Remember to let Nabari into your heart (and under your skin)
Then you can start to make it
Better better better better better better, oh
Na na nana na naaa, nana na naaaa
Big cities like Osaka and Nagoya hold endless fascination: rush, pose, take a photo, move on. How about taking a detour to rural enclaves where you can breathe deeply, connect with nature and enjoy Japan at a leisurely pace.
I recommend East Nara & Nabari
I tried six guided cycling tours in the area, each time starting at Nabari Station. Nabari is about 50 kilometers east of Nara City. Nara has a more relaxing vibe than Kyoto or Nagoya, thanks to the deer wandering around. Put that vibe on steroids, and you get East Nara & Nabari area. Nabari Station is 120 minutes at most from Nagoya, and even faster to access from Osaka, Nara, Kyoto, or Ise-Shima. The Kintetsu Limited Express is the way to go.
When you drive, it is hard to notice beauty. The same with taking a train or bus. When you are on a bicycle, it is much easier to explore, pause randomly, notice the moss, the fruit and flowers (even in the cooler months) and what’s growing in the fields.
Angelica is cultivated in East Nara and Nabari as a herbal remedy, as is Manchurian wild rice (makomodake) which I hear tastes like bamboo, and can be served raw or cooked. I have been in Japan almost twenty years and I just learned about these crops from my East Nara Nabari Tourism guide, while cycling past a recently harvested field. Aim for April for the cherry blossoms, May for azaleas, October for the fair weather, or November for the fall colors.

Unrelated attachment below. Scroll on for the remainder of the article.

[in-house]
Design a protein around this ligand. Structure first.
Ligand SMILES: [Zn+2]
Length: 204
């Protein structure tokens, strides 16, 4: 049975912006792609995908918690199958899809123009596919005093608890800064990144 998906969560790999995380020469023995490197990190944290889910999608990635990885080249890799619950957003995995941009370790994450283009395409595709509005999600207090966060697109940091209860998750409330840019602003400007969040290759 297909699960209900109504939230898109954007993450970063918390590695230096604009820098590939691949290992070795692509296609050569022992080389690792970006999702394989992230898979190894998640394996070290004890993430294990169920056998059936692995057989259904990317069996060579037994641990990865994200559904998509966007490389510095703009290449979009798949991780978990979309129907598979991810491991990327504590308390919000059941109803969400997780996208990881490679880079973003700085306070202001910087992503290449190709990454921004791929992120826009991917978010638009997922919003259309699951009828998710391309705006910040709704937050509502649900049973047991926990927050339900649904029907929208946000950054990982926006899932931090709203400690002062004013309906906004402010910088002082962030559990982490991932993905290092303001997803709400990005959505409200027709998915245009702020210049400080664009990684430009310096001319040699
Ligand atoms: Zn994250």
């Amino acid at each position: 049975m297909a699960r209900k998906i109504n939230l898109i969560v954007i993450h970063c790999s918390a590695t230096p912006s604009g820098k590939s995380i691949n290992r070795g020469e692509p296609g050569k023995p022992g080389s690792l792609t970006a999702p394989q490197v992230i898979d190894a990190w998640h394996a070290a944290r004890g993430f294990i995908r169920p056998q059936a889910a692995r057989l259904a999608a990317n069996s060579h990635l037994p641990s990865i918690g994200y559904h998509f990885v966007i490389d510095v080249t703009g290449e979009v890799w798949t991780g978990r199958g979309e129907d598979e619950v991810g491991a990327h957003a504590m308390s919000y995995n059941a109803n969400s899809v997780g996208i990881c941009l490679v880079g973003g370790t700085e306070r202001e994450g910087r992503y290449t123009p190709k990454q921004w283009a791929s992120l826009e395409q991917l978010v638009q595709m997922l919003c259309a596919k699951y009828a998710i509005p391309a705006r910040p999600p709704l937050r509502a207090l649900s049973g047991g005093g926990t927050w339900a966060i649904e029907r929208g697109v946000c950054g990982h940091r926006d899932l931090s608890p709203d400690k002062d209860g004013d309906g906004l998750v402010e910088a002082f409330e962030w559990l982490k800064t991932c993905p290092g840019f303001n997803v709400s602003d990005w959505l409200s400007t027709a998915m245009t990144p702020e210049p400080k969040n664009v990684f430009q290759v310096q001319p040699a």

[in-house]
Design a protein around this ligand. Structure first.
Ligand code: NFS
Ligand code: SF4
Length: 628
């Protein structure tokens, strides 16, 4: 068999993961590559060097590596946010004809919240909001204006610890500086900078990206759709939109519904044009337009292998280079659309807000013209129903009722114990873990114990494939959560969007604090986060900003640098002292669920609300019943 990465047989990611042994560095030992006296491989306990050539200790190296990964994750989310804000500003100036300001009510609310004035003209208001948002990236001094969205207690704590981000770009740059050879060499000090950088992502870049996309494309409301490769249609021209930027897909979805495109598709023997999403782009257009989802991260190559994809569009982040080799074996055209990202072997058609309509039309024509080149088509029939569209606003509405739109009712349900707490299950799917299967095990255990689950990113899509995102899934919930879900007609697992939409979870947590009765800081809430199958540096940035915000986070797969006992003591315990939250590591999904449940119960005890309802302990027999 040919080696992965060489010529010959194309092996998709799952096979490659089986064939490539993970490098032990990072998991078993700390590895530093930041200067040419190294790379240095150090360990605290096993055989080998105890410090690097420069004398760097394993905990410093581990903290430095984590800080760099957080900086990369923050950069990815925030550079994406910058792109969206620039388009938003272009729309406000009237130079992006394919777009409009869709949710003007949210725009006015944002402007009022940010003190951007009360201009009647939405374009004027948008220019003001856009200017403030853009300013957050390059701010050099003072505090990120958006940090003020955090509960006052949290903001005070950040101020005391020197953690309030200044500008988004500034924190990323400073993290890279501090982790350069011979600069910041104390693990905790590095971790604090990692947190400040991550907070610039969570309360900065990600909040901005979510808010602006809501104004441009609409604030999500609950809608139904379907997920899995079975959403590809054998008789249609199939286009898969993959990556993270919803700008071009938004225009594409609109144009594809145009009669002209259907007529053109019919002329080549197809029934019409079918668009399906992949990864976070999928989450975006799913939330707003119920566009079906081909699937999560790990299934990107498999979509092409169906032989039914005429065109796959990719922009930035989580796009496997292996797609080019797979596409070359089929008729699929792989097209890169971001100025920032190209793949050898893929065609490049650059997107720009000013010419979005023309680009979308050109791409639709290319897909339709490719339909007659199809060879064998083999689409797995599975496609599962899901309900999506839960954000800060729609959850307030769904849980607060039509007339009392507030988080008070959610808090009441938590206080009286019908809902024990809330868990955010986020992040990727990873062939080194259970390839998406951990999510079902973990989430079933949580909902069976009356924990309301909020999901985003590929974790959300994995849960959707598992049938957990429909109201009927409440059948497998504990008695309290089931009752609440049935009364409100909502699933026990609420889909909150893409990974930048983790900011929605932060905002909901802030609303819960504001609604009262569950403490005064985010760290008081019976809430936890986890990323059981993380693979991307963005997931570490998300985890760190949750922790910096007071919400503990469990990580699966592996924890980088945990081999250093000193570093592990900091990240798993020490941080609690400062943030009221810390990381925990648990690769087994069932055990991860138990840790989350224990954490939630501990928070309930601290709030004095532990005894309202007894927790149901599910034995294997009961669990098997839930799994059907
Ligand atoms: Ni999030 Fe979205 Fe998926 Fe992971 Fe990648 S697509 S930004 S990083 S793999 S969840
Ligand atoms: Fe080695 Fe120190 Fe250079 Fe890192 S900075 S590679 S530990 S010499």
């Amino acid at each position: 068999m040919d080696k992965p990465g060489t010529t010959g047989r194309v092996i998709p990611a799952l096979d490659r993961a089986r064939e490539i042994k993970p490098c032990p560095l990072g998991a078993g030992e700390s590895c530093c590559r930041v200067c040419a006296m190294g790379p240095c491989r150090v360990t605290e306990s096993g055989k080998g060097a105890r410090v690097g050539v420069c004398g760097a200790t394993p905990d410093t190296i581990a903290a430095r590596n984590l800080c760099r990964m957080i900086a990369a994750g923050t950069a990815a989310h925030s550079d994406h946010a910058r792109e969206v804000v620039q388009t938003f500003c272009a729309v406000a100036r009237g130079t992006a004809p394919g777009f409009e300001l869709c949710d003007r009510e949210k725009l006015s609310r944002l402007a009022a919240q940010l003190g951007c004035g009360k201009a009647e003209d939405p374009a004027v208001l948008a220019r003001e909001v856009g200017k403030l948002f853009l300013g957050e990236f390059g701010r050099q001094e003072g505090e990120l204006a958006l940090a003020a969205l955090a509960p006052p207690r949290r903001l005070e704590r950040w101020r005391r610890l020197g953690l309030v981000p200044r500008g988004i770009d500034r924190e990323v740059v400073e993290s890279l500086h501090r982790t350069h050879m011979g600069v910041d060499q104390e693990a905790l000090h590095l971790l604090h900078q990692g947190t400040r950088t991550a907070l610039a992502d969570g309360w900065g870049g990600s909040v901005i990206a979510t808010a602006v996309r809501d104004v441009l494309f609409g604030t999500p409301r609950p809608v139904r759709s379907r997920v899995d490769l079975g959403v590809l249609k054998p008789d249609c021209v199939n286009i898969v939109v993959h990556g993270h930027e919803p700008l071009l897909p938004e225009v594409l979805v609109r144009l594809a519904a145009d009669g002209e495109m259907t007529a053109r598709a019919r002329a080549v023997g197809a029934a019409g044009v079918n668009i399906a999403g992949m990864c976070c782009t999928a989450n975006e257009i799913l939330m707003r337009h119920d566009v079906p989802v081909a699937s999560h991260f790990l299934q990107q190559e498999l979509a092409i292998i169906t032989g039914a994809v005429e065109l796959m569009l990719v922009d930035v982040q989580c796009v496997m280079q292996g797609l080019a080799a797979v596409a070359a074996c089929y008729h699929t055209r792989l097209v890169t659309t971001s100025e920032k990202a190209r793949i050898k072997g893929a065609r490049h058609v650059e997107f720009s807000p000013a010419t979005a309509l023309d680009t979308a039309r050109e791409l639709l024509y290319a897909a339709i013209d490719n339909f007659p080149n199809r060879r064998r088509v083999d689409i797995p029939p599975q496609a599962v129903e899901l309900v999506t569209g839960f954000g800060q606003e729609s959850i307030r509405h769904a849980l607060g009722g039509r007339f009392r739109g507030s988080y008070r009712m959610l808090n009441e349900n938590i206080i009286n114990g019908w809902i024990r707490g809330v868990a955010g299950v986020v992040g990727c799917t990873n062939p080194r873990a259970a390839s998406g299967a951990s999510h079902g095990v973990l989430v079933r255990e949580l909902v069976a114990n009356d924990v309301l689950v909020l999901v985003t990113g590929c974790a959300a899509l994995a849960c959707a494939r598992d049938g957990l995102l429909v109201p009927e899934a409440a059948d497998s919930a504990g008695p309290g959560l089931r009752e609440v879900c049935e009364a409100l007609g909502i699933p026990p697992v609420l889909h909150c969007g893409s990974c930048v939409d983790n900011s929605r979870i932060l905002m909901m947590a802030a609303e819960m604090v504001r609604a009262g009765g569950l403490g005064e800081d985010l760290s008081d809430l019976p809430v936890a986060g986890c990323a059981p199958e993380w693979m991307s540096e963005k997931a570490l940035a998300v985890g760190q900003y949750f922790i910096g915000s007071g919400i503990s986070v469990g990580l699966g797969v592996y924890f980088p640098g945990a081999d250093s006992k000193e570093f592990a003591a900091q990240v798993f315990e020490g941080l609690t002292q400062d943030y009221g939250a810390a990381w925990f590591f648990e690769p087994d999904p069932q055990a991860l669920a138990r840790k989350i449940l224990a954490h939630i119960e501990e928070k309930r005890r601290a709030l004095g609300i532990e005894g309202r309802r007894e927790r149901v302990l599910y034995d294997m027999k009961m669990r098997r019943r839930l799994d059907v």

The folks at East Nara Nabari Tourism can arrange a self-guided or guided day of cycling for you. The routes in this area are mostly along riversides or around dams. I am a middle-aged housewife, of average fitness. There were limited sections where I got a work-out, and earned the prize that was around the next corner.
Pick up a bicycle and map at Nabari Tourist Information on the west side of Nabari Station. You may rent an electric-assisted bicycle with small tires or a GIANT cross-bike with water bottle and cellphone holders, but no basket. In either case, bring a messenger style bag or backpack to carry rain/wind/sun protection and spare phone batteries. I brought my own water bottle, and easily found refill points along the routes. Sunglasses were useful when I got caught in a whirlwind of pine needles and leaves one day. Pack gloves for the cooler months. In a fix, you can make do with a pair of gardening gloves sold at the convenience store at Nabari Station (I did one time).